The “Internet of Things” is definitely the flavor of the month, though it isn’t clear what it is or why anyone wants it in their home. I’m frequently critical of half baked IoT, but I’m certainly not against the basic idea, where it makes sense.
Case in point: a local start up made a splash at CES with a classic IoT for agriculture. Amber Agriculture is a bunch of low cost sensors deployed to grain storage which continuously sense the conditions and optimize aeration, and alert to problems. The web site indicates that the system implements optimizing algorithms (“rooted in grain science principles”, AKA, actual science) to automatically controls fans.
This is a nice example of IoT: the sensor net not only replaces human oversight, the small sensors can give data that is difficult to obtain otherwise. The economic benefit of this fine grain optimization is apparently enough to pay for the sensors. (I would be interested to see actual peer reviewed evidence of this cost analysis.)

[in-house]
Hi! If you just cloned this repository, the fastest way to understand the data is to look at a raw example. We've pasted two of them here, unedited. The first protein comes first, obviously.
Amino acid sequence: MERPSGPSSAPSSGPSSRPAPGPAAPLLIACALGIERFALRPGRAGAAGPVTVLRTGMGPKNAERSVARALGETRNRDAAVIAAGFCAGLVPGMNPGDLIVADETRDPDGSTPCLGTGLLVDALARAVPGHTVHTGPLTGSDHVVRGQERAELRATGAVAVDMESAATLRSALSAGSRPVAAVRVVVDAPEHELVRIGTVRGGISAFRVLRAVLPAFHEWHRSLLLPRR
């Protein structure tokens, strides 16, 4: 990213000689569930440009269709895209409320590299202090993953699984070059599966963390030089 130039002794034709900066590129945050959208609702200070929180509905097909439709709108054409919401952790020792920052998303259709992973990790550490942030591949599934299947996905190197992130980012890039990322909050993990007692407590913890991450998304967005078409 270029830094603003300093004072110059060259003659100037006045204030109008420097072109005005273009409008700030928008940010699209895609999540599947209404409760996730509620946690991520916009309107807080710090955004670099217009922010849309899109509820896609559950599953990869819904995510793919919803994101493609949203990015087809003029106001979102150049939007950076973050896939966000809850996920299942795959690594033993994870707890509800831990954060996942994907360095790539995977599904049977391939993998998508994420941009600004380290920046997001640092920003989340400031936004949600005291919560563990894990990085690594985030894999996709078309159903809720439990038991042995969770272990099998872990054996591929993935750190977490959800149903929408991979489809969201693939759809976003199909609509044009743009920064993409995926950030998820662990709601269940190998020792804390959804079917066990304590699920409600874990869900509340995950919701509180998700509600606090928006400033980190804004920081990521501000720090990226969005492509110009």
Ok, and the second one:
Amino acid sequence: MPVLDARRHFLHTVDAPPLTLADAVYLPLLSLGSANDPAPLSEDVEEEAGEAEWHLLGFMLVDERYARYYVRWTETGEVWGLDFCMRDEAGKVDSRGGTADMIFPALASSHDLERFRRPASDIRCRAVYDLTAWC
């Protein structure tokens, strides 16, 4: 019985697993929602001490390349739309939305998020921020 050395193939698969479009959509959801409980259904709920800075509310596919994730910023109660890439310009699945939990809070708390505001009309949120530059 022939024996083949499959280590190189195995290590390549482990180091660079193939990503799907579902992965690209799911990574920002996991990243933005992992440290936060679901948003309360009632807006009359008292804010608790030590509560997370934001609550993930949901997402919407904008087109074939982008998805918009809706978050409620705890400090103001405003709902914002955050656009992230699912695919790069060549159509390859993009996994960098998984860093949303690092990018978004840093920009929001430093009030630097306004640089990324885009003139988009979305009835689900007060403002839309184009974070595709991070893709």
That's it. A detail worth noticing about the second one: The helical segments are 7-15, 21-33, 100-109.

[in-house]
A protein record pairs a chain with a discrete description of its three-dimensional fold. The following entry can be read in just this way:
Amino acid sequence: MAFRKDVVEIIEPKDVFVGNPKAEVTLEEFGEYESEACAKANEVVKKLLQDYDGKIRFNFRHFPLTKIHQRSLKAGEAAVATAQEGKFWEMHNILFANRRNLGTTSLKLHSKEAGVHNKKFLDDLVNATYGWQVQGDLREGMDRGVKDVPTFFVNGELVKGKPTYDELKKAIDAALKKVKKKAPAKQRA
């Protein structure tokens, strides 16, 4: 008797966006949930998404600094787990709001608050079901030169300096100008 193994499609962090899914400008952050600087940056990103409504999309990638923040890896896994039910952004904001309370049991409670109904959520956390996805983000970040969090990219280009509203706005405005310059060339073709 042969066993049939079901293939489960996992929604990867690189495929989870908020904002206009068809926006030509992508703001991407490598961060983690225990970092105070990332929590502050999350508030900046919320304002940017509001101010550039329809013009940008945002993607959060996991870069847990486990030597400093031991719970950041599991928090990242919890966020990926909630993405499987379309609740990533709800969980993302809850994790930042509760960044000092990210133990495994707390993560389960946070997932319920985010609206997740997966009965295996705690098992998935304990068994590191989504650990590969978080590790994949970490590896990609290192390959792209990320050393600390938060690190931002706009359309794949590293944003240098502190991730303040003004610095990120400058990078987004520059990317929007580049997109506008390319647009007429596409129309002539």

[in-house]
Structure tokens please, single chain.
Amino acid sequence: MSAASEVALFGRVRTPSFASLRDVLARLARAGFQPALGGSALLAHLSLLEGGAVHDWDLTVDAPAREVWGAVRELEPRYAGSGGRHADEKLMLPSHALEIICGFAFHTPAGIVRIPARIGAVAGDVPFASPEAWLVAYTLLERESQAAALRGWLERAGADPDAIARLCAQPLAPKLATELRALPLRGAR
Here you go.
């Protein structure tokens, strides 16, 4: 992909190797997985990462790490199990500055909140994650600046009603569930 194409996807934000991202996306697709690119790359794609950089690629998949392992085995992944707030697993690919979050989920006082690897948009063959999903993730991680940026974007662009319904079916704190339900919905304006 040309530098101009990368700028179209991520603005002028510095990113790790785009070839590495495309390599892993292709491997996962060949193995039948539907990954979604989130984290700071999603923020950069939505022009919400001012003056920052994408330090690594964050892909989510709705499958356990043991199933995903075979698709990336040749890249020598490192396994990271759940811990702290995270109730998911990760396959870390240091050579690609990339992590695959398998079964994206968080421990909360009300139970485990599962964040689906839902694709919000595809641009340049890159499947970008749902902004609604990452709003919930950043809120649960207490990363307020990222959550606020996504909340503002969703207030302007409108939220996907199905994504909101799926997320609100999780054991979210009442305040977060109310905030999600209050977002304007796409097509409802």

I can’t find a lot of technical details, so I wonder how the sensors are deployed (do you just mix them into the grain?), how they are separated from the grain when it is removed, or exactly what it is measuring. Are the sensors reusable? Does it work for different kinds of grain?
It is interesting to think about extensions of this technology.
What other features cold be added?
I wonder what could be done with microphones to listen to the stored grain. Are there sonic signatures for, say, unexpected movement (indicating a leak or malfunction?), or perhaps sounds indicating the presence of pests.
Similarly, the sensors might have optical, IR, or even radio beacons, which might detect color, texture, or other surface properties. Could this early detect disease or contamination?
Anyway, well done all.
(And I learned that there is an internet domain name, ‘.ag’)
- Amber Agriculture. Amber Agriculture. 2017, http://www.amber.ag/.
- Nicole Lee, Presenting the Best of CES 2017 winners! .January 7 2017, https://www.engadget.com/2017/01/07/presenting-the-best-of-ces-2017-winners/